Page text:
Using psychophysics to ask if the brain samples or maximizes

Daniel E. Acuna, Max Berniker, Hugo L. Fernandes, Konrad P. Kording

Research output: Contribution to journalArticlepeer-review

15 Scopus citations


The two-alternative forced-choice (2AFC) task is the workhorse of psychophysics and is used to measure the just-noticeable difference, generally assumed to accurately quantify sensory precision. However, this assumption is not true for all mechanisms of decision making. Here we derive the behavioral predictions for two popular mechanisms, sampling and maximum a posteriori, and examine how they affect the outcome of the 2AFC task. These predictions are used in a combined visual 2AFC and estimation experiment. Our results strongly suggest that subjects use a maximum a posteriori mechanism. Further, our derivations and experimental paradigm establish the already standard 2AFC task as a behavioral tool for measuring how humans make decisions under uncertainty.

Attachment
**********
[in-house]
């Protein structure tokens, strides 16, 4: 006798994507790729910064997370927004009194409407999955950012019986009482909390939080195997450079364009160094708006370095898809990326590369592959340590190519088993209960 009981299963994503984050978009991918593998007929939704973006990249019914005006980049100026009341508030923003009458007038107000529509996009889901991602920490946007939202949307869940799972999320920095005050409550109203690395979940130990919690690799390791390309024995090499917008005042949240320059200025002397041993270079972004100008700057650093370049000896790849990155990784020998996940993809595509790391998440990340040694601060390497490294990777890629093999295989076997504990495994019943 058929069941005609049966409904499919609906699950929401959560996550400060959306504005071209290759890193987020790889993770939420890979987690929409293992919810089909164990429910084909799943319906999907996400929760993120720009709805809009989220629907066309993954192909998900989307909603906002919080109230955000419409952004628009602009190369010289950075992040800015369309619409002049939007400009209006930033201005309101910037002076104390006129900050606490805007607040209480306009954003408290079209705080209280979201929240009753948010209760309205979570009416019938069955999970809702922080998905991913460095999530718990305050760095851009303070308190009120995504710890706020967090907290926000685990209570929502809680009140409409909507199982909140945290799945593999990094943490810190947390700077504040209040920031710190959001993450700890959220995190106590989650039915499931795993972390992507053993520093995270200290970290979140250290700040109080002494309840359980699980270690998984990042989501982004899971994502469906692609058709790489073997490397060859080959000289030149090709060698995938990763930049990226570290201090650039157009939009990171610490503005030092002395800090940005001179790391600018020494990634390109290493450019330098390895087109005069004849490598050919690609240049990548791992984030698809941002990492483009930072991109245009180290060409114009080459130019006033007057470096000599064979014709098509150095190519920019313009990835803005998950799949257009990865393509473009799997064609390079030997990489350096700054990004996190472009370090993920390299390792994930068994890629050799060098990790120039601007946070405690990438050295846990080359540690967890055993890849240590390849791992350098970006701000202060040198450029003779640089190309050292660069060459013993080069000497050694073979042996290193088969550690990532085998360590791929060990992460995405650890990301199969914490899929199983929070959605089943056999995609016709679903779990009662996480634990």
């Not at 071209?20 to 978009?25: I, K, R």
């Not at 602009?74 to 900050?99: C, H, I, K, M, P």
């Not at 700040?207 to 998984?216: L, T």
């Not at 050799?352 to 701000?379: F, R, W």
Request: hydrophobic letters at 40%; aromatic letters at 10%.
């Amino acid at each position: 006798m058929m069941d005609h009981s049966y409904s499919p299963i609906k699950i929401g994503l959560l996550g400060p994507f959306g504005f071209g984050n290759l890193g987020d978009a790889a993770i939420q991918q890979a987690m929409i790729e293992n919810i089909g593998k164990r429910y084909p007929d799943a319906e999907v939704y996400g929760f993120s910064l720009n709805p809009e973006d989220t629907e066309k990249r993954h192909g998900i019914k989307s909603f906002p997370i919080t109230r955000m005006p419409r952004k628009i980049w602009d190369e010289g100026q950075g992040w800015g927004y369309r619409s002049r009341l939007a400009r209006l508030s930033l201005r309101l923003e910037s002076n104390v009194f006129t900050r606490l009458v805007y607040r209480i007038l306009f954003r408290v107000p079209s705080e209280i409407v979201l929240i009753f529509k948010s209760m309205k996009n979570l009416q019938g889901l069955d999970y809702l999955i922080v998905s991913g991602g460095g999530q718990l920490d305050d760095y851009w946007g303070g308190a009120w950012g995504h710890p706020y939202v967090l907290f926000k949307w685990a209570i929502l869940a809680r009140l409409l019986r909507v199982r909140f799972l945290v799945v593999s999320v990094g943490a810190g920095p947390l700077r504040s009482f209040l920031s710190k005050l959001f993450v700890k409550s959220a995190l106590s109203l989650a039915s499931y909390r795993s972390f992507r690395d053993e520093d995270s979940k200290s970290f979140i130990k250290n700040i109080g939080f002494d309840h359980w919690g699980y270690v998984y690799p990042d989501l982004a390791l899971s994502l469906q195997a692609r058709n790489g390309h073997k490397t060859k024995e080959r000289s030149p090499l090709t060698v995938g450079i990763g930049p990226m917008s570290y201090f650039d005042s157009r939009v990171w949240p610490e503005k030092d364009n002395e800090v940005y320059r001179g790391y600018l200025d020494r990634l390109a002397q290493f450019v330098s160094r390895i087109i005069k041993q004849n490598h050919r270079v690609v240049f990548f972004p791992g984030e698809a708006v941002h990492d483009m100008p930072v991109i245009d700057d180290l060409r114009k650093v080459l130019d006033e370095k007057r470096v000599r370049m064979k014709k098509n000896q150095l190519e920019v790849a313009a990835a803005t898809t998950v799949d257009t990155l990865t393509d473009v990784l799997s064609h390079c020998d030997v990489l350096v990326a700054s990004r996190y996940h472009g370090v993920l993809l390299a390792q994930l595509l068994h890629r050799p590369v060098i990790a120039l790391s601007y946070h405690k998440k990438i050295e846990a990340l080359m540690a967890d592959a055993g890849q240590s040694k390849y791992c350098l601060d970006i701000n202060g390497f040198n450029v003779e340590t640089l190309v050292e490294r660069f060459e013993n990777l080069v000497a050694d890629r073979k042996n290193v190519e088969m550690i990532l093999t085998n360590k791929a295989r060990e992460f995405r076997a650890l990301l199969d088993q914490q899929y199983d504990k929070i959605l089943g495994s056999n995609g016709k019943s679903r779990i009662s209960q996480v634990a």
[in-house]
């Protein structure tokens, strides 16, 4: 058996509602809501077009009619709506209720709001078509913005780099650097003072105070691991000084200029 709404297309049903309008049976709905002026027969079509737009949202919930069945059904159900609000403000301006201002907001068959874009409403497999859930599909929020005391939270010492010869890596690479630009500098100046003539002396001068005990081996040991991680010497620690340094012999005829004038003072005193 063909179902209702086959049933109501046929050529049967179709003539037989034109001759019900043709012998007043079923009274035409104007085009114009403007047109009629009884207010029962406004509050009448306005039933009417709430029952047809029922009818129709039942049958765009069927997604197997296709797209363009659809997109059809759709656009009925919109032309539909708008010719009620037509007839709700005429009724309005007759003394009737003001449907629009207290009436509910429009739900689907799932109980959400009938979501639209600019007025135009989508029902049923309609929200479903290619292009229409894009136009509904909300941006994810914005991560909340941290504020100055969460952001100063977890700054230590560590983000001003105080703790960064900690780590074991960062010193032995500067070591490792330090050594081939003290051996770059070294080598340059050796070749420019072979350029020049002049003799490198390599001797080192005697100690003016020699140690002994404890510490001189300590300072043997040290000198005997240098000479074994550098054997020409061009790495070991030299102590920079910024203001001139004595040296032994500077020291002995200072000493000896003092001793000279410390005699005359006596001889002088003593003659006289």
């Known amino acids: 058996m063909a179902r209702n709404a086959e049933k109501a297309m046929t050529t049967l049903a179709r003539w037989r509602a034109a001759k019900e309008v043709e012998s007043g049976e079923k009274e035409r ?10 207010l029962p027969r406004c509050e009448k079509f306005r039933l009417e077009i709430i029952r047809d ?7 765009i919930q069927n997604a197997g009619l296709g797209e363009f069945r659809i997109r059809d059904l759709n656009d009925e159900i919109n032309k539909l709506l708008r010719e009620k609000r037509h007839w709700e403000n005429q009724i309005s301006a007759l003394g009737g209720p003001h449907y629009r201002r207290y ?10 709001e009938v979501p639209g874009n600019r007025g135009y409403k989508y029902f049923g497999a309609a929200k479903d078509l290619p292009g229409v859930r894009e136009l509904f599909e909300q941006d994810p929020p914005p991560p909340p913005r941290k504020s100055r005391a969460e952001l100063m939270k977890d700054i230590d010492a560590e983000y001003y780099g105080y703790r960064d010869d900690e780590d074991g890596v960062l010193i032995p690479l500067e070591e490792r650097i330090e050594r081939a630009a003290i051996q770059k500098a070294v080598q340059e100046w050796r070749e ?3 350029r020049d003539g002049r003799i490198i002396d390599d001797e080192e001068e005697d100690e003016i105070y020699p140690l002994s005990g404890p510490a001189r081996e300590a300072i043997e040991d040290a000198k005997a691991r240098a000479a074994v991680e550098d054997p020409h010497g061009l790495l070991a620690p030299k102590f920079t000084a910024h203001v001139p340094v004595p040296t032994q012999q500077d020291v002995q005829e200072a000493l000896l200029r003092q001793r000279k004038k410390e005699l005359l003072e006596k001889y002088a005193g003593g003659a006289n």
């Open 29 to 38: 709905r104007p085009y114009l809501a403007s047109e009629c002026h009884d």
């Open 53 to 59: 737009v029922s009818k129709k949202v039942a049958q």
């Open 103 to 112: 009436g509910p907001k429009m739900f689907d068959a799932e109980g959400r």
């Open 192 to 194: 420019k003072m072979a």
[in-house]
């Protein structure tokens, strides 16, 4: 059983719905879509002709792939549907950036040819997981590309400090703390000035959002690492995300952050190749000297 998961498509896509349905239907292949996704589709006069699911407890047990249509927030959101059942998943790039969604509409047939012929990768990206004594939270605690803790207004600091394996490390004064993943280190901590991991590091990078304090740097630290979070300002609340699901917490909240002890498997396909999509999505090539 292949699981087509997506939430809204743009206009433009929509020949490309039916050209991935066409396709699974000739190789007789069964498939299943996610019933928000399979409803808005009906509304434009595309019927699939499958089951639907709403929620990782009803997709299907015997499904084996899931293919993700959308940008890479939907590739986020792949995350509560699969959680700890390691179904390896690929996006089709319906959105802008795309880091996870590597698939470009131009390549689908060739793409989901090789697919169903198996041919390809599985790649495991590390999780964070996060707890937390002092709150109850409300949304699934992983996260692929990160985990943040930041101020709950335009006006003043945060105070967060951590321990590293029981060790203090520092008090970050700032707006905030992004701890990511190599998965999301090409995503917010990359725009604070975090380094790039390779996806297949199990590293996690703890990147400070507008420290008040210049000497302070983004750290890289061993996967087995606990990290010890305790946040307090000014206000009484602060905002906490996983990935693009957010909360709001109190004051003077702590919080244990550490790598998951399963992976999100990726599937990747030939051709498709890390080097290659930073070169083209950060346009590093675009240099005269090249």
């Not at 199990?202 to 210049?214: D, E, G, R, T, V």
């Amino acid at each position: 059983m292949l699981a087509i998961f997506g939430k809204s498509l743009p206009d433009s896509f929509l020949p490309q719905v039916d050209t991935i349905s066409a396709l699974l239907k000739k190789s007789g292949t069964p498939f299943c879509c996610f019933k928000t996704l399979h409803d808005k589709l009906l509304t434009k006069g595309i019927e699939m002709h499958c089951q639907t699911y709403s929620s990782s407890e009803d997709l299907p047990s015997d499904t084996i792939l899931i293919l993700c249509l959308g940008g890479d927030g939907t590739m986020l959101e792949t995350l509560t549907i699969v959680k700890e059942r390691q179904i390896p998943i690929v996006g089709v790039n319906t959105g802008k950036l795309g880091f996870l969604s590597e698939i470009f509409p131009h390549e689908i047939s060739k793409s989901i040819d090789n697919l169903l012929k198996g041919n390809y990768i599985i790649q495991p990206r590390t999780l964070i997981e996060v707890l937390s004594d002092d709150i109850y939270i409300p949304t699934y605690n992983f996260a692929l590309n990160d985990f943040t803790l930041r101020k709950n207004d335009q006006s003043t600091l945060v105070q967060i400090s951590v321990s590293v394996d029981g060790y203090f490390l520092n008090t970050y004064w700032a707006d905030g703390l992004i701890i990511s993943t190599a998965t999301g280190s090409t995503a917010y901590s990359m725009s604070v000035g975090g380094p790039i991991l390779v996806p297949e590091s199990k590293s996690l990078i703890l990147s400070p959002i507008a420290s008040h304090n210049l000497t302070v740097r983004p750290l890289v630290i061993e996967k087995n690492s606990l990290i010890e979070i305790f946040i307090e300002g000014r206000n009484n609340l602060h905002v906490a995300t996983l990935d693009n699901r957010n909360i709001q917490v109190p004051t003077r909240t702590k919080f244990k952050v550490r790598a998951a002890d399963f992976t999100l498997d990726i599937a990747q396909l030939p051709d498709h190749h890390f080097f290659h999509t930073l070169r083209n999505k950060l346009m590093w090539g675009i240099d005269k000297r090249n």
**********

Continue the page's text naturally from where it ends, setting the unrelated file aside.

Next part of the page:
Original languageEnglish (US)
Pages (from-to)1-16
Number of pages16
JournalJournal of Vision
Issue number3
StatePublished - 2015
Externally publishedYes


  • Bayesian
  • Decision-making
  • Just-noticeable difference (JND)
  • Maximum a posteriori
  • Psychophysics
  • Sampling
  • Two-alternative forced choice (2AFC)

ASJC Scopus subject areas

  • Ophthalmology
  • Sensory Systems


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